“Meditation is a process of lightening up, of trusting the basic goodness of what we have and who we are, and of realizing that any wisdom that exists, exists in what we already have. We can lead our life so as to become more awake to who we are and what we’re doing rather than trying to improve or change or get rid of who we are or what we’re doing. The key is to wake up, to become more alert, more inquisitive and curious about ourselves.”~ Pema Chodron
Raise your hand if you have trouble finding time in your day to intentionally focus on yourself and your own spiritual needs.
If your hand is now in the air, you’ve come to the right place – we’re going to explore just what it means to turn inward and to align our energy with that of the Universe.
Getting Started with Your Meditation Practice
Like many of you, there was a time when I struggled to set aside an opportunity to explore my own needs in the craziness of this life, but that all changed several years ago when my soul was shaken in such a way that left me no other option but to take a step back and reevaluate where I was placing my time, energy, and intention.
As I began to integrate meditative practices into my daily routine, I found that the most difficult part was simply getting started; the idea of sitting in silence with nothing but silent thoughts can be intimidating.
6 Steps to Starting Your Meditation Practice
This is why I offer to you a step-by-step guide to establishing a successful meditation practice that will not only help you to feel more grounded, centered, and focused on yourself but will also assist in your spiritual growth:
Before you can actually get to the business of sitting down to meditate, you need to establish what your practice will look like, since no two meditation practices are exactly alike.
When is the best time of day for you to dedicate yourself solely to introspection?
Perhaps the available time you have in your day is early in the morning before others in your home wake up and begin to get ready for the day. Maybe you are someone who finds you have an open window of time midday. Or, for some of you, nighttime might be the best time for your meditation, after others have gone to sleep, and the world is dark and quiet.
Whatever time of day you decide to dedicate to meditation, make sure you do so wholeheartedly. Choose a time of day that will be available to you on a regular basis, since all good commitments start with regular dedication.
Now that you have found your preferred time of day for meditation, you will need to set the stage. Make sure your meditation space has a comfortable place for you to be seated in an upright position (no slouching allowed!) And ensure that your meditation space can be made quiet by closing a door or moving away from other people and noise.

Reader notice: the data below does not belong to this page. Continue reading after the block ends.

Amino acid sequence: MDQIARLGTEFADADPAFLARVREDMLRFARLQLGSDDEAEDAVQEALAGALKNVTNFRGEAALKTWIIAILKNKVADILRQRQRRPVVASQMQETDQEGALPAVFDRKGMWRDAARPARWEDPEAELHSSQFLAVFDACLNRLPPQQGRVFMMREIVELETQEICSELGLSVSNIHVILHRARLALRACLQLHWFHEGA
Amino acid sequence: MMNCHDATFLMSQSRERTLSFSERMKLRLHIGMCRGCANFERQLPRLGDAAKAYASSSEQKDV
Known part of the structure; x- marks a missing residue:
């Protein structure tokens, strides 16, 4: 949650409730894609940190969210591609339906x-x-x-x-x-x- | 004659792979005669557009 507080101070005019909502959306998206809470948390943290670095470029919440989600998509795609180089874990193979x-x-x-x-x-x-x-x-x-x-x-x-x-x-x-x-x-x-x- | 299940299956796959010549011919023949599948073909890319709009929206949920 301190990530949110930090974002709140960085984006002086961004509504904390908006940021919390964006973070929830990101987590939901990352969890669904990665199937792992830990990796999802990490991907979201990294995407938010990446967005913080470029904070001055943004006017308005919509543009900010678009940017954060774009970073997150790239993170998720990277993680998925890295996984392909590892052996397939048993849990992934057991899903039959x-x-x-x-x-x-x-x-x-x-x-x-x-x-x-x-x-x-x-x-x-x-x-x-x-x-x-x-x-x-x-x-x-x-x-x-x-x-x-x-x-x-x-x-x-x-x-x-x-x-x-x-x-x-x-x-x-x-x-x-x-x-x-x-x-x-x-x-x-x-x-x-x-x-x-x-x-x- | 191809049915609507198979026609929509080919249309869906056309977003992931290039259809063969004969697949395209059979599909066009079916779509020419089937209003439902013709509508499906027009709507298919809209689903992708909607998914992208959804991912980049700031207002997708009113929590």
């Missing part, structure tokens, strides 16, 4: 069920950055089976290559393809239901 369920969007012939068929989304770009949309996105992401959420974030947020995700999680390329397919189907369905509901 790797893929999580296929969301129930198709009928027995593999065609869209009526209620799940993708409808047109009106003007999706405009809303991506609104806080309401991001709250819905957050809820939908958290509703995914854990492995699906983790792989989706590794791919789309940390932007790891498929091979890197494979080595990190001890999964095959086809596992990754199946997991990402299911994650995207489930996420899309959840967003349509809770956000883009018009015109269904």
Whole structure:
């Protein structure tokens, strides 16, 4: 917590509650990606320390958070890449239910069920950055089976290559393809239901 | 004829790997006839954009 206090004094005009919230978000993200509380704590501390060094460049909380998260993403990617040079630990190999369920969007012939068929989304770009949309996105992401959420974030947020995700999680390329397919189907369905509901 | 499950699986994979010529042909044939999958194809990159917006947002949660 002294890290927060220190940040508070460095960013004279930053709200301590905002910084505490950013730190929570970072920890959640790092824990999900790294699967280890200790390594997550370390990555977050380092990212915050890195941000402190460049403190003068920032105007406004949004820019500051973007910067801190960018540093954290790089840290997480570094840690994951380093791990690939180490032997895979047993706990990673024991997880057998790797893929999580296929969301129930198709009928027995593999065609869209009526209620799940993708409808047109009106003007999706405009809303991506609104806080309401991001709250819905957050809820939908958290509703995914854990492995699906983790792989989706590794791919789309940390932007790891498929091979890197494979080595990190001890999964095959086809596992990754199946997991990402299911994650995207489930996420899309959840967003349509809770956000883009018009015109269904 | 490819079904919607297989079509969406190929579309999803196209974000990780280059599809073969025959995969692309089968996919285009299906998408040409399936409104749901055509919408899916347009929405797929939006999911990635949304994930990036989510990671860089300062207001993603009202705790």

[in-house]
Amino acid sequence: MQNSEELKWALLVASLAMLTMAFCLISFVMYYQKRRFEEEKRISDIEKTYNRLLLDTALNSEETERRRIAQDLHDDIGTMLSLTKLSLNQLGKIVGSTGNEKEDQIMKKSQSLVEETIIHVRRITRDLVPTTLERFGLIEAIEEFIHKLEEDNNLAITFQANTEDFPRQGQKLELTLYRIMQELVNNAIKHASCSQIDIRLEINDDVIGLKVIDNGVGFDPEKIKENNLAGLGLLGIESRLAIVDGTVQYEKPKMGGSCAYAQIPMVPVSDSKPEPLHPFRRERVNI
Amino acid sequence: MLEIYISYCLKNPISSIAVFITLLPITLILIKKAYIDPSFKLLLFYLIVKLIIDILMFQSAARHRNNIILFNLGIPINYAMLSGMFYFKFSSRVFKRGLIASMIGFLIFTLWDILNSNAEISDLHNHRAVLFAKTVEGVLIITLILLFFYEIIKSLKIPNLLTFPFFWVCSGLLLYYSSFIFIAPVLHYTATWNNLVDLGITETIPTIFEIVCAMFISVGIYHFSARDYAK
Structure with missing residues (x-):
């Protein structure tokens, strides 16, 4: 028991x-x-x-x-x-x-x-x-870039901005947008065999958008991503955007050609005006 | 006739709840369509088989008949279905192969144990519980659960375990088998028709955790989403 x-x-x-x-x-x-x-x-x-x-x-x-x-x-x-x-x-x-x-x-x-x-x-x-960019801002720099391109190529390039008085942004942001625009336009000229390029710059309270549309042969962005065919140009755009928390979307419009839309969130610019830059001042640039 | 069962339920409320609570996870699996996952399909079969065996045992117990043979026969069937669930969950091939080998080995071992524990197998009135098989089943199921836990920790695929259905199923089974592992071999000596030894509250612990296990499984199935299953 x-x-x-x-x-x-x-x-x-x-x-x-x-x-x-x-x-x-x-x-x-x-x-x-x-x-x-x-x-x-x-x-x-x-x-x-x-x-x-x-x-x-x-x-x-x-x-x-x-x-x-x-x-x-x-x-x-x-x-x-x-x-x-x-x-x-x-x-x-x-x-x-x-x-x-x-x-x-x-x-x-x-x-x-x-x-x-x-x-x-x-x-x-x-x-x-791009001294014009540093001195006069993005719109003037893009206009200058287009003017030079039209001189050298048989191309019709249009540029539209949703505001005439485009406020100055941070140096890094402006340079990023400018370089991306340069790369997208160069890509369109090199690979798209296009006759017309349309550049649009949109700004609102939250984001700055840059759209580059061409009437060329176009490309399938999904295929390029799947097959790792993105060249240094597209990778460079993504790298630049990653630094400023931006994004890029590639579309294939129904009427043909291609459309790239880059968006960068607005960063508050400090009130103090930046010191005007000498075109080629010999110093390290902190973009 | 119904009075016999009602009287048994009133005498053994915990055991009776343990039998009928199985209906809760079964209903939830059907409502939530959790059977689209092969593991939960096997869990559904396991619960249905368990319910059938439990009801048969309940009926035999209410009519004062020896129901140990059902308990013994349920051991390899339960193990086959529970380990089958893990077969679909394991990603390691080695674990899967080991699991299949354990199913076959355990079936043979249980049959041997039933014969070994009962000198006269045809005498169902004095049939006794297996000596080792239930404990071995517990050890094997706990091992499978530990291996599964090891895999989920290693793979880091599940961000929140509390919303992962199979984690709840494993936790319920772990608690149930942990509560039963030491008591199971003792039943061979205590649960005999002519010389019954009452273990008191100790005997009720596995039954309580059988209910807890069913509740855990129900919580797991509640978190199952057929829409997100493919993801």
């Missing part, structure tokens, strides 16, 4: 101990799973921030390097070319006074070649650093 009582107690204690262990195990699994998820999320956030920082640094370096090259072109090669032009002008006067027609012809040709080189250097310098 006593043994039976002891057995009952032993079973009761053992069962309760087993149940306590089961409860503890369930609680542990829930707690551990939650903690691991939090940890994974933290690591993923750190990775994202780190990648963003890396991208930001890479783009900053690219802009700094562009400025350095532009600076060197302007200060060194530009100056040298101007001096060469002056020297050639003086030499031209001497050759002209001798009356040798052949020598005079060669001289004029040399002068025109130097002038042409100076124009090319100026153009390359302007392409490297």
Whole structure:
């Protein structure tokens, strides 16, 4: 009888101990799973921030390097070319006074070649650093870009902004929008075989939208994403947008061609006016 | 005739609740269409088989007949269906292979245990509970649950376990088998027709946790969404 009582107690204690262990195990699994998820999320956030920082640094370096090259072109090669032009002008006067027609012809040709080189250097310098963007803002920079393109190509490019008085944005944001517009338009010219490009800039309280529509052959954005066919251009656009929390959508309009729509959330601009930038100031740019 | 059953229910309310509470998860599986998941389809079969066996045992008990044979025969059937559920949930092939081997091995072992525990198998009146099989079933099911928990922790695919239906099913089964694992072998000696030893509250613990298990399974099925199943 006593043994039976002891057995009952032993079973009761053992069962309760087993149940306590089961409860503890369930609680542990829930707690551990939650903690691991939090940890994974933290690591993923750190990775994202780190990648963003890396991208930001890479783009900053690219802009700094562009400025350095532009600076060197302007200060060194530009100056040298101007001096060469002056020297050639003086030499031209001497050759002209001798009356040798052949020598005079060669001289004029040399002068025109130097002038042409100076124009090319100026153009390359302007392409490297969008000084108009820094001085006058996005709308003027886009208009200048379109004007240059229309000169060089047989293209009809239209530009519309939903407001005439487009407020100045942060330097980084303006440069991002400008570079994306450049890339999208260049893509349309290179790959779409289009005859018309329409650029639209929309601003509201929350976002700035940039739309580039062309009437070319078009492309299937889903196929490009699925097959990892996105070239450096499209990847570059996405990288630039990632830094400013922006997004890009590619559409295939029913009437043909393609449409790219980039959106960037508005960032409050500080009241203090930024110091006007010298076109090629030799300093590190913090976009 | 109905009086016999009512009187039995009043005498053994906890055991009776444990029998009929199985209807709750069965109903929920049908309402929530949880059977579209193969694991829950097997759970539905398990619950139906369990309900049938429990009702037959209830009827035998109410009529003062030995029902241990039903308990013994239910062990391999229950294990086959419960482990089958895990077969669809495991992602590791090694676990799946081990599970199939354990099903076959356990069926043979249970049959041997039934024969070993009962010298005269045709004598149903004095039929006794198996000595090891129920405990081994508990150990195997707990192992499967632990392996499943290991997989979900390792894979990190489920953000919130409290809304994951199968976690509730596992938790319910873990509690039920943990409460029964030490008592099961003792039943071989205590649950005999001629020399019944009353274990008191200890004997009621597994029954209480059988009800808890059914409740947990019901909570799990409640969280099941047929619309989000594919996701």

If complete silence makes you nervous, you may want to choose a space that will allow you play some soothing instrumental music in the background (avoid any music that has lyrics as you will easily become distracted). Also keep in mind that your space must not be too bright, as direct sunlight may prove to be detrimental to your concentration.
You may also want to include some peaceful decor in your space like a soft meditation pillow, some incense or sage that can be safely burned during your practice, or a favorite piece of artwork to focus on for a few moments both before and after your meditation.
3. Set Attainable Goals
Ideally, you should be working toward spending 10-20 minutes per day in the practice of meditation, but start small. Begin by spending just 5 minutes meditating each day and work your way up to longer intervals aligned with your comfort level. Meditation, like any other healthy habit, requires practice.
While this should not be the main focus of your meditation practice because giving too much attention to the pace of your breath may lead to feelings of anxiety, you should pay attention to and track the pace of your breath for at least a few inhalations and exhalations to begin your practice.
Checking in with your breath will allow you to ensure that you are not breathing too rapidly nor gasping for air, and will also allow you to make subtle corrections if you are not breathing deeply enough to feel relaxed.